Speaking of Buffett, although much has been made about succession planning with both Buffett and Berkshire’s vice chairman Charlie Munger being nonagenarians, there have been no new announcements about who will take up Buffett’s duties when he retires or passes on.

Buffett, who turns 91 this year, has acknowledged the need for new blood at Berkshire and has installed two senior portfolio managers, Ted Weschler and Todd Combs, to steer the investment management side of the company. But most people expect either of Berkshire’s vice chairmen, Greg Abel or Ajit Jain, to someday take up Buffett’s mantle. Whoever takes the reins will have a lot to live up to, but Buffett has stated time and again that Berkshire Hathaway is bigger than just one man, and that he’s confident in the company’s continued success when he’s gone.

Finally, while some people may complain that Berkshire Hathaway has too much cash on hand — it does have $138 billion in cash and short-term investments through the fourth quarter — Berkshire’s war chest allows Buffett and his team to do what they do best: make smart acquisitions and invest in excellent companies when the time is right.

Cons to Buying Berkshire Hathaway Stock

Because Berkshire is so diverse, it isn’t likely to be among the top performers (or the bottom performers) in the market over the short term. And over the long term, Berkshire’s large size and conservative nature means it probably won’t outperform the S&P 500 by a wide margin in coming decades. Slow and steady is how Buffett invests, and how Berkshire operates, and how investors will profit.

[SEE: 7 Value Stocks With Morningstar ‘Buy’ Ratings.]

For better or worse, that investing methodology has meant that Buffett largely avoids investing in tech companies — with the recent exception of Apple. Berkshire’s tendency to stay away from tech stocks means the company has missed out on a big part of the market’s rally this past year. Berkshire has been slowly, and perhaps wisely, adapting that strategy recently, but it’s clear that Buffett will continue to focus elsewhere while he’s in charge.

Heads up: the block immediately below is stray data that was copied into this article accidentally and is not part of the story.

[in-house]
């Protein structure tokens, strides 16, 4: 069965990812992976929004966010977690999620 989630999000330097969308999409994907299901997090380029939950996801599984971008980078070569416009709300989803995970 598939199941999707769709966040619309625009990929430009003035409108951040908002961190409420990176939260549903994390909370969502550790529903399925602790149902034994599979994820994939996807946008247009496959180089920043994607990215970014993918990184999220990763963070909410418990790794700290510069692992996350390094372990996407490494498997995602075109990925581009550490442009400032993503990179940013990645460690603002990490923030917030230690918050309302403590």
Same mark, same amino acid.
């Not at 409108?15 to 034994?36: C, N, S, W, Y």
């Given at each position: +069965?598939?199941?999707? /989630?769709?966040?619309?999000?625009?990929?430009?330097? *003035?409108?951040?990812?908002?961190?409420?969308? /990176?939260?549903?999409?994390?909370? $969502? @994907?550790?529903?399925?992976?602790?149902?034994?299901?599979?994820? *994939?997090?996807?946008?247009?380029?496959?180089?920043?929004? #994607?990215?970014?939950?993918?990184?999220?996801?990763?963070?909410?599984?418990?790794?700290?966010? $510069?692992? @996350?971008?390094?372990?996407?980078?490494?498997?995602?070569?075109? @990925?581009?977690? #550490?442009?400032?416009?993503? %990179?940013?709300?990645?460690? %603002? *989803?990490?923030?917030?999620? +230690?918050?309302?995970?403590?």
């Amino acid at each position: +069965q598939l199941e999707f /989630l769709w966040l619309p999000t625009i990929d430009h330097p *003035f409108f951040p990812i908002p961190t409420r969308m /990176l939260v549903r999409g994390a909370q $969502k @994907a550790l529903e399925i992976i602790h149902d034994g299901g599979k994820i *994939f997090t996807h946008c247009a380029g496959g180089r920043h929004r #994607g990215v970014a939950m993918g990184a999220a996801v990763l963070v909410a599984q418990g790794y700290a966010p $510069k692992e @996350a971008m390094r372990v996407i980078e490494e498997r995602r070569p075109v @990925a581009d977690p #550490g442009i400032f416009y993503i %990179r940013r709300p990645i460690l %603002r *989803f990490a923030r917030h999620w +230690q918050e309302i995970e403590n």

One recent criticism of Berkshire is that the company didn’t deploy a lot of cash to buy stocks during the pandemic-sparked market downturn, when some stocks could have been bought at big discounts. With so much cash burning a hole in Berkshire’s pockets, investors have to wonder why Buffett didn’t make any moves during the downturn.

Bottom Line: Is Berkshire Hathaway a Buy?

For investors who believe the outperformance of growth stocks won’t last forever and the pendulum will swing back toward value stocks, Berkshire may be attractively priced right now.

Its price-to-book ratio of 1.39 is roughly in the middle of its range over the past 10 years, and its underperformance of the market means that Berkshire’s shares aren’t likely to have the same threat of being overvalued as, say, some tech-related stocks.

Like Warren Buffett’s investing model of buying something worth holding on to for a long time, investors who want to buy Berkshire shares may be rewarded in the long run.

More from U.S. News

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Should You Buy Berkshire Hathaway (BRK.A, BRK.B) Stock? originally appeared on usnews.com

Update 03/01/21: This story was published at an earlier date and has been updated with new information.